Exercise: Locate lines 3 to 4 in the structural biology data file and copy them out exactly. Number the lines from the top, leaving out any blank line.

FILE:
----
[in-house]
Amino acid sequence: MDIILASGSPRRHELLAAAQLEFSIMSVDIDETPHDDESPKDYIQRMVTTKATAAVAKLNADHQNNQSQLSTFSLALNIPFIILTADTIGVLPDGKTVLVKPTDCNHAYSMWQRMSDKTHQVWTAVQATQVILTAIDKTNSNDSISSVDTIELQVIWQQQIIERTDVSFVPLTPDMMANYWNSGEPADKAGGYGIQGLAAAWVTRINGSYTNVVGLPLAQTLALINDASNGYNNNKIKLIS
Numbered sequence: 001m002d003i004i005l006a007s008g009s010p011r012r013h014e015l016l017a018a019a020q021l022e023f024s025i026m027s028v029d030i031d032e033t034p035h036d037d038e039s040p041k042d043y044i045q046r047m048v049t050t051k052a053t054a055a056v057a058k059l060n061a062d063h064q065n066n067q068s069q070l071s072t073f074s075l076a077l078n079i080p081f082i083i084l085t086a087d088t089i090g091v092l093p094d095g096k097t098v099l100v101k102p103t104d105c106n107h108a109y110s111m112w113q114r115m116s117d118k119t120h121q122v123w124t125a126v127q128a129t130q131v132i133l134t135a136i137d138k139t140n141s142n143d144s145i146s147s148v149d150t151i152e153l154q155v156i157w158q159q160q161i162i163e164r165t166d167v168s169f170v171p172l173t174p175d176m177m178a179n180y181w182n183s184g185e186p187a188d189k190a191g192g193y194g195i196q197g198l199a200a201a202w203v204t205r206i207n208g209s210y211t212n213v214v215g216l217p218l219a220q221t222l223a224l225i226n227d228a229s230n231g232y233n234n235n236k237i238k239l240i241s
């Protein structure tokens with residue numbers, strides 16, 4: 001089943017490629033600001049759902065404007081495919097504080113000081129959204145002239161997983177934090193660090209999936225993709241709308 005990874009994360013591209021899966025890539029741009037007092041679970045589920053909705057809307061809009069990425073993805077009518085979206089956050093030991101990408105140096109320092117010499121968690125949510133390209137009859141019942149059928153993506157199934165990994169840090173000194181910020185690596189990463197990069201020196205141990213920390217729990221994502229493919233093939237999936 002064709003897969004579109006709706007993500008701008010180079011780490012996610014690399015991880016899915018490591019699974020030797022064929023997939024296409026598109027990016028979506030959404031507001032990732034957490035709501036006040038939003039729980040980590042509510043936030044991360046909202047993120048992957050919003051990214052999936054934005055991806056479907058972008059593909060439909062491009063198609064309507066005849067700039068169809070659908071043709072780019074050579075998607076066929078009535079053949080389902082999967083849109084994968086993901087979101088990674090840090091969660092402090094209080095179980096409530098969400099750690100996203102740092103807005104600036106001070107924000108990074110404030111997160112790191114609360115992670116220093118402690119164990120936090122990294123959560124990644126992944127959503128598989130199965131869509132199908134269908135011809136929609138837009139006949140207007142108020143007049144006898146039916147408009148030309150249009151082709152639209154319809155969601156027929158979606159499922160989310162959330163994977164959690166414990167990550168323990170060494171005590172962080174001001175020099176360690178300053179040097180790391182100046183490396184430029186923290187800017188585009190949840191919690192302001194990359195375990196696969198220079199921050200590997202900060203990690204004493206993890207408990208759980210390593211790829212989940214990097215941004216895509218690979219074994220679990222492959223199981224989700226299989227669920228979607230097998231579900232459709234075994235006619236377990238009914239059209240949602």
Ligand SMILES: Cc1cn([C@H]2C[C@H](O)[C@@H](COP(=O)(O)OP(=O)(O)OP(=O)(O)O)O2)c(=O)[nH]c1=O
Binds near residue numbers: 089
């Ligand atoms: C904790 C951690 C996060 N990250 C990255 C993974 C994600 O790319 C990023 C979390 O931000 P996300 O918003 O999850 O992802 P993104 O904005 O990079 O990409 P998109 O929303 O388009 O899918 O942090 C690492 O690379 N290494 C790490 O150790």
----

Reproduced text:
Numbered sequence: 001m002d003i004i005l006a007s008g009s010p011r012r013h014e015l016l017a018a019a020q021l022e023f024s025i026m027s028v029d030i031d032e033t034p035h036d037d038e039s040p041k042d043y044i045q046r047m048v049t050t051k052a053t054a055a056v057a058k059l060n061a062d063h064q065n066n067q068s069q070l071s072t073f074s075l076a077l078n079i080p081f082i083i084l085t086a087d088t089i090g091v092l093p094d095g096k097t098v099l100v101k102p103t104d105c106n107h108a109y110s111m112w113q114r115m116s117d118k119t120h121q122v123w124t125a126v127q128a129t130q131v132i133l134t135a136i137d138k139t140n141s142n143d144s145i146s147s148v149d150t151i152e153l154q155v156i157w158q159q160q161i162i163e164r165t166d167v168s169f170v171p172l173t174p175d176m177m178a179n180y181w182n183s184g185e186p187a188d189k190a191g192g193y194g195i196q197g198l199a200a201a202w203v204t205r206i207n208g209s210y211t212n213v214v215g216l217p218l219a220q221t222l223a224l225i226n227d228a229s230n231g232y233n234n235n236k237i238k239l240i241s
């Protein structure tokens with residue numbers, strides 16, 4: 001089943017490629033600001049759902065404007081495919097504080113000081129959204145002239161997983177934090193660090209999936225993709241709308 005990874009994360013591209021899966025890539029741009037007092041679970045589920053909705057809307061809009069990425073993805077009518085979206089956050093030991101990408105140096109320092117010499121968690125949510133390209137009859141019942149059928153993506157199934165990994169840090173000194181910020185690596189990463197990069201020196205141990213920390217729990221994502229493919233093939237999936 002064709003897969004579109006709706007993500008701008010180079011780490012996610014690399015991880016899915018490591019699974020030797022064929023997939024296409026598109027990016028979506030959404031507001032990732034957490035709501036006040038939003039729980040980590042509510043936030044991360046909202047993120048992957050919003051990214052999936054934005055991806056479907058972008059593909060439909062491009063198609064309507066005849067700039068169809070659908071043709072780019074050579075998607076066929078009535079053949080389902082999967083849109084994968086993901087979101088990674090840090091969660092402090094209080095179980096409530098969400099750690100996203102740092103807005104600036106001070107924000108990074110404030111997160112790191114609360115992670116220093118402690119164990120936090122990294123959560124990644126992944127959503128598989130199965131869509132199908134269908135011809136929609138837009139006949140207007142108020143007049144006898146039916147408009148030309150249009151082709152639209154319809155969601156027929158979606159499922160989310162959330163994977164959690166414990167990550168323990170060494171005590172962080174001001175020099176360690178300053179040097180790391182100046183490396184430029186923290187800017188585009190949840191919690192302001194990359195375990196696969198220079199921050200590997202900060203990690204004493206993890207408990208759980210390593211790829212989940214990097215941004216895509218690979219074994220679990222492959223199981224989700226299989227669920228979607230097998231579900232459709234075994235006619236377990238009914239059209240949602």